Elections - Whose job is it to manage them?

Bill Claustre laments that the Federal government attempted to “federalize future election” by taking away the power our founders gave to the states to manage our elections. He thinks that the Founders gave the states an exclusive right to manage elections without federal interference. He is wrong.

Under the Constitution, the states may determine the time, manner and place of holding election “but the Congress may at any time by Law make or alter such Regulations, except as to the Places of chusing Senators.” (Article I, Section 4, Clause 1). Congress, since 1870, has from time to time stuck its thumb on the scares of justice to ensure that our elections are safe, secure, and open to all American citizens even when the states, like Florida, try to tip the scales toward one party.

Claustre also misrepresents the John Lewis Voting Rights Advancement Act of 2021. It is far-right propaganda that this bill will be a federal “a power grab” designed to let “unelected bureaucrats . . . strike down . . . laws enacted by democratically elected legislatures in the states.”


The Voting Rights Act of 1965 was the most successful civil rights legislation in our country’s history until the Supreme Court gutted the law in Shelby County v. Holder in 2013. The Court further weakened the law’s protections against voting discrimination in another case in 2022 in Brnovich v. Democratic National Committee. During the past year, state legislatures, like Florida, have placed into laws what most rational folks would call voter restrictions. Laws that target communities of color. The John Lewis Voting Act will help fix these abuses by states who wish to restrict communities of color from voting.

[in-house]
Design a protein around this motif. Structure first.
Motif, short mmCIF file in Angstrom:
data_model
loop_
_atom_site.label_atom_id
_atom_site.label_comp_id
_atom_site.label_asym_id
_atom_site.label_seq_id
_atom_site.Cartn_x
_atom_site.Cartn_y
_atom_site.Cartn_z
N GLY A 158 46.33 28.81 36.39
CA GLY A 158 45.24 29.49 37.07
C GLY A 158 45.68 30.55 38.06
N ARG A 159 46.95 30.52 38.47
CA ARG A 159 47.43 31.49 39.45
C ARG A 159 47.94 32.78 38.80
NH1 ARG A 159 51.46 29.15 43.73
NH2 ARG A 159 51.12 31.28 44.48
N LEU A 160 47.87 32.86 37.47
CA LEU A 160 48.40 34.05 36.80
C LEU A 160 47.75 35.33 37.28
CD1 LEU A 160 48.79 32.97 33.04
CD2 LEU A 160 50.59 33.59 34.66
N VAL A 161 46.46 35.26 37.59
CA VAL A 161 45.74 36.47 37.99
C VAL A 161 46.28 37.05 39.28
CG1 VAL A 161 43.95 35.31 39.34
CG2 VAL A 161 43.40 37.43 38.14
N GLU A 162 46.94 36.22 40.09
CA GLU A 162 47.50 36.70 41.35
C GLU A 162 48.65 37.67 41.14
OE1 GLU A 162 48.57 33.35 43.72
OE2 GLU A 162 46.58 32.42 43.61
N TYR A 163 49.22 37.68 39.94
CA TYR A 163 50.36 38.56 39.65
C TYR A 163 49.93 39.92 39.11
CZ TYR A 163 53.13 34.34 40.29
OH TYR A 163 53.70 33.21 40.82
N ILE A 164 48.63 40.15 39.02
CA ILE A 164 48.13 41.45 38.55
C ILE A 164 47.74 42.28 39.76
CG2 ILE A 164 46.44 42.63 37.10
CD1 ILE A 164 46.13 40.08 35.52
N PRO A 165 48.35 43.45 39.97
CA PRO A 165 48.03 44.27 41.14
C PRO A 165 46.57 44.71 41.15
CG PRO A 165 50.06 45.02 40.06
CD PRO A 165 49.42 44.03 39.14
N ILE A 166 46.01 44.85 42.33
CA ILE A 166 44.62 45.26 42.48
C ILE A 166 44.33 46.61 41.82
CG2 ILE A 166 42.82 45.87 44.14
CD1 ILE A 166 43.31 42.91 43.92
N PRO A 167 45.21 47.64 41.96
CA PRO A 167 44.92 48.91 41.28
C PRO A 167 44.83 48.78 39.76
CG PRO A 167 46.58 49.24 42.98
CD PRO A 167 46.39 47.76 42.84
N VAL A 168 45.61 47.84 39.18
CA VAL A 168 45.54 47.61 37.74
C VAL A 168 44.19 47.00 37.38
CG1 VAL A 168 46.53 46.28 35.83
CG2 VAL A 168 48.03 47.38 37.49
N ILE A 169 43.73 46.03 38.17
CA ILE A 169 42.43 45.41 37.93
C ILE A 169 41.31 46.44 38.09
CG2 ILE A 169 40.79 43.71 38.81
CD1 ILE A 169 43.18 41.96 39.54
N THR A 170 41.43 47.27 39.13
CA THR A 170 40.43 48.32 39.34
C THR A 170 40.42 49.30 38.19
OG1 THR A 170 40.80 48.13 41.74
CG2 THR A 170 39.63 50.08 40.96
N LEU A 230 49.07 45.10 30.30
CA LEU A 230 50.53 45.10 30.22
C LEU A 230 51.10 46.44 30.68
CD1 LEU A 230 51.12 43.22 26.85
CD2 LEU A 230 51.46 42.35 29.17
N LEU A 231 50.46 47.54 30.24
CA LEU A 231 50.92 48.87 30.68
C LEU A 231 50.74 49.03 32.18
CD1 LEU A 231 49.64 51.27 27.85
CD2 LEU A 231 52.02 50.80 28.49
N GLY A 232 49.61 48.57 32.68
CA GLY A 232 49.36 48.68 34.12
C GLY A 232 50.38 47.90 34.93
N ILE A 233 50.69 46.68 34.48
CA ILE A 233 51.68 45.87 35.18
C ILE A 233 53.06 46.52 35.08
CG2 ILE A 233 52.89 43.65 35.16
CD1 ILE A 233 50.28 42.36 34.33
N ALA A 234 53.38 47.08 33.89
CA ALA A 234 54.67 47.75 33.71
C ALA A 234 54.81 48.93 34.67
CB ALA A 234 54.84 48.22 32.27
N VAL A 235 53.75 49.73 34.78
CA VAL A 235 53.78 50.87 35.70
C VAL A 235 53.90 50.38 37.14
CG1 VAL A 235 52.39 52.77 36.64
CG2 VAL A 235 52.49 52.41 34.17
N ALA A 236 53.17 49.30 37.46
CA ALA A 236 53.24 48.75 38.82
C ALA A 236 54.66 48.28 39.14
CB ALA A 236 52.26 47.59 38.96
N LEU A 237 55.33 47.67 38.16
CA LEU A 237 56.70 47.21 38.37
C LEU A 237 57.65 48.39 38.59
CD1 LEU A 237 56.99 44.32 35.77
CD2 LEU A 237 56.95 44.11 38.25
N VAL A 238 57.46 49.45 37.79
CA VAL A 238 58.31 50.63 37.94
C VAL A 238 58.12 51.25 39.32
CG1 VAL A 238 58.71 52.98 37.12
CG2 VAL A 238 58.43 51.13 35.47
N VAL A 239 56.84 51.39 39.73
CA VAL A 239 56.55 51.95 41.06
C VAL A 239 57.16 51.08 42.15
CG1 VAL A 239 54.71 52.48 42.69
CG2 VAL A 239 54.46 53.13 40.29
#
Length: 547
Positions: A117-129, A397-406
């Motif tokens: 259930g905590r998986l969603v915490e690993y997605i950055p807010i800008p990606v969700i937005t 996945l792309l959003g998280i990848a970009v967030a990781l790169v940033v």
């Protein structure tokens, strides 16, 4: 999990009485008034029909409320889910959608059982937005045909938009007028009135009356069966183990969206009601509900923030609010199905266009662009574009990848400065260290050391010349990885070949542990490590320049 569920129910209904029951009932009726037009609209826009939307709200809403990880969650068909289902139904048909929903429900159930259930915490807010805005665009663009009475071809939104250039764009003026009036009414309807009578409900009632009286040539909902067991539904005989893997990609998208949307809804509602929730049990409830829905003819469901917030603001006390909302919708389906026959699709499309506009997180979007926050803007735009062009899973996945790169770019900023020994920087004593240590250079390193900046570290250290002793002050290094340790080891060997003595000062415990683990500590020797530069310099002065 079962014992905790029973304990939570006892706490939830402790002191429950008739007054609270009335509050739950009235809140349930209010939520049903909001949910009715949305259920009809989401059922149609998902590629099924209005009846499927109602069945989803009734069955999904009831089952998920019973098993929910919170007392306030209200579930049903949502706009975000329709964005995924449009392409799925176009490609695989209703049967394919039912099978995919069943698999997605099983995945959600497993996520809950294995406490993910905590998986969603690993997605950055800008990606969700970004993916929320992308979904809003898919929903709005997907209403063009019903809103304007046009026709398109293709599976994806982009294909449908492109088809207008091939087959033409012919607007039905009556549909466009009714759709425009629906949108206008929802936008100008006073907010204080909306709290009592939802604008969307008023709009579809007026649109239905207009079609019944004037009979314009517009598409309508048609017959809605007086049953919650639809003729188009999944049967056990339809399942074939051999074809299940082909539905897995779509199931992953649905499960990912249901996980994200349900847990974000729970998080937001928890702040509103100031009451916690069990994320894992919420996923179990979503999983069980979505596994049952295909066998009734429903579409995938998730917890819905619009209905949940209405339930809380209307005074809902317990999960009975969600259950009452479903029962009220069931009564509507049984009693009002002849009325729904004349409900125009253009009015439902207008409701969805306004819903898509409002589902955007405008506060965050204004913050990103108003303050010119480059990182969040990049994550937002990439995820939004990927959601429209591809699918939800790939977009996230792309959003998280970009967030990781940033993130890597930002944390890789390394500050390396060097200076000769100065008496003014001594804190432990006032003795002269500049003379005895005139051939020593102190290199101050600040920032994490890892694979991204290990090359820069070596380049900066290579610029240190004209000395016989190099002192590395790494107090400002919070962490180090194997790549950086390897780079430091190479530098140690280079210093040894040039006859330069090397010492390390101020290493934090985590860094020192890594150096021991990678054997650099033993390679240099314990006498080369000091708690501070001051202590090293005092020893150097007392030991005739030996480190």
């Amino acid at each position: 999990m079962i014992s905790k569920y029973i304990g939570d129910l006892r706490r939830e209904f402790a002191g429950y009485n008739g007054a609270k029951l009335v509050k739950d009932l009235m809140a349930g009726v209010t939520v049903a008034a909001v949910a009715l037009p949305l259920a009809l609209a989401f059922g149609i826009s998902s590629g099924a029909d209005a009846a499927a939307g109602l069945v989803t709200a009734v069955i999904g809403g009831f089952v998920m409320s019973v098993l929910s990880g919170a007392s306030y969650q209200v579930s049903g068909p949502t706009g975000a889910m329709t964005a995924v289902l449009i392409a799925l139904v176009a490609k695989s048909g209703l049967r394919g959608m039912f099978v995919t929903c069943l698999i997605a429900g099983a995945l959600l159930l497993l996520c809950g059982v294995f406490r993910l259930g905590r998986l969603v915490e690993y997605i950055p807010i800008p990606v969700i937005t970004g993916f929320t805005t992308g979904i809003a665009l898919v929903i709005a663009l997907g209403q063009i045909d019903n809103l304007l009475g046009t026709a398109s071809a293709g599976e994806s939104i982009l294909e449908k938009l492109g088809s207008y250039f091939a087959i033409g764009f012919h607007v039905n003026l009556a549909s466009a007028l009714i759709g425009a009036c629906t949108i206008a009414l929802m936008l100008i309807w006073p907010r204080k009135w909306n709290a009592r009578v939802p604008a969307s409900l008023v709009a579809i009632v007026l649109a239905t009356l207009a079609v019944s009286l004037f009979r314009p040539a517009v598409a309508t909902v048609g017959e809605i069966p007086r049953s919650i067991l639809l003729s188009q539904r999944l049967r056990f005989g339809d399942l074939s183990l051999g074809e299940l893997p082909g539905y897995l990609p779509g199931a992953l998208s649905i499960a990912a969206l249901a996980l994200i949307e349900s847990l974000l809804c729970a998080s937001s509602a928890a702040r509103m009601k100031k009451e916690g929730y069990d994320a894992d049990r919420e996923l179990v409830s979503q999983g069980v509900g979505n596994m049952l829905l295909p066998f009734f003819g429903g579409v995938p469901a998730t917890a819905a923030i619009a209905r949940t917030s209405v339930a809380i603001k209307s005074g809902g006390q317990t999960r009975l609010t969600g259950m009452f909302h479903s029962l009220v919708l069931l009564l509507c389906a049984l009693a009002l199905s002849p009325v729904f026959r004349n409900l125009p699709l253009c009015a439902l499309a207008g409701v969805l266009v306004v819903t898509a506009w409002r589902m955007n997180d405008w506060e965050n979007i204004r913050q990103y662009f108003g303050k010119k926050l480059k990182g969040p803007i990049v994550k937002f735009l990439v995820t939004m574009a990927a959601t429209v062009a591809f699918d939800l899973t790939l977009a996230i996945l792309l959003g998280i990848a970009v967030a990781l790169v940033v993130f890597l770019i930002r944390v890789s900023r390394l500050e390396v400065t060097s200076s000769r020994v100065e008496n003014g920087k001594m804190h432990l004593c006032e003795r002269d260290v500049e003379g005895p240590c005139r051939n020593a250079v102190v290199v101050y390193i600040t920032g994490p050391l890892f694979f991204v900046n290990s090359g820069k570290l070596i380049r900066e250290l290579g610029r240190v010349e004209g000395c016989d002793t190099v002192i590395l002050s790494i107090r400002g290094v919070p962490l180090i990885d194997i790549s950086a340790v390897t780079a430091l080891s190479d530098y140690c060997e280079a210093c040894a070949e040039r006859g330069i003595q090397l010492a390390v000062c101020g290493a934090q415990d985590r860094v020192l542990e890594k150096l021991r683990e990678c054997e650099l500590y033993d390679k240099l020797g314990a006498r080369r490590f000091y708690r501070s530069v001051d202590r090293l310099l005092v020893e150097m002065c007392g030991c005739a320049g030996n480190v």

The John R. Lewis Voting Rights Advancement Act would restore the original voting rights law to full strength, in part by once again requiring states with histories of voter discrimination to receive approval from the Department of Justice or a federal court before enacting voting changes.


Republicans do not — and cannot — offer reasoned explanations for why the law’s protections are any less important now than they were in 2006 when it was reauthorized with overwhelming bipartisan support. So instead, they offer a combination of misinformation and a regurgitation of the same criticisms they used against the Voting Rights Act.

Unfortunately, their claims are wrong, and many, like Claustre, rely on these blatantly false statements.

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